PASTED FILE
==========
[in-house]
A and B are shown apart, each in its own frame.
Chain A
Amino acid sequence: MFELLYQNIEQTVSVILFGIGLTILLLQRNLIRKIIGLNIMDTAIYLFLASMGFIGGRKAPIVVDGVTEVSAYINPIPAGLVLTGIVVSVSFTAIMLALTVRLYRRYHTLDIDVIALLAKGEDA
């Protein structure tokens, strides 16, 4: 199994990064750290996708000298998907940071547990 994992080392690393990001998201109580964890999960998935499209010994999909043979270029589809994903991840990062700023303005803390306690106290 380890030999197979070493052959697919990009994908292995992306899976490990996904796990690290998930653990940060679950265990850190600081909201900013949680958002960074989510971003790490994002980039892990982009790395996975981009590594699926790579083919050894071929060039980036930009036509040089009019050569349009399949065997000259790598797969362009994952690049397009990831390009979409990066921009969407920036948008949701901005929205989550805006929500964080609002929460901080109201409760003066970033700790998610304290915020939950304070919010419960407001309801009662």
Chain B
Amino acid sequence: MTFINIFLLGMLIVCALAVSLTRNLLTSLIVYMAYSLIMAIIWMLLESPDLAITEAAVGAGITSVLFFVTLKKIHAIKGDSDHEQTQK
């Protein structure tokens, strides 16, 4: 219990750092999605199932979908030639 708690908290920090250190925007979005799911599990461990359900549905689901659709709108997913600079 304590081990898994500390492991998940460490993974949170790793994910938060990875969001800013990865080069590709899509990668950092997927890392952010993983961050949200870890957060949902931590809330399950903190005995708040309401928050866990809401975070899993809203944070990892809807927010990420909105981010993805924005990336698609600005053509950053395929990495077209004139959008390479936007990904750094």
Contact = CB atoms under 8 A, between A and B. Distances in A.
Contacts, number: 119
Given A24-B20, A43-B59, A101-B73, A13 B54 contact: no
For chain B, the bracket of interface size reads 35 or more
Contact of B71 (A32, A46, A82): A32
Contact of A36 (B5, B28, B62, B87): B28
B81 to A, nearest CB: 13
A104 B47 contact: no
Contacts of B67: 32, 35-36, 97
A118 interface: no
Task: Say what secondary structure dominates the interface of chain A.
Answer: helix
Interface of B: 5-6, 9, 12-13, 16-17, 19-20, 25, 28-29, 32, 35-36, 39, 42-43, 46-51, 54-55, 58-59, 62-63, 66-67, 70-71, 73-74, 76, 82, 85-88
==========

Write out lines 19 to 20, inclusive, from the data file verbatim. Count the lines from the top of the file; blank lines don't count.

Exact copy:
Task: Say what secondary structure dominates the interface of chain A.
Answer: helix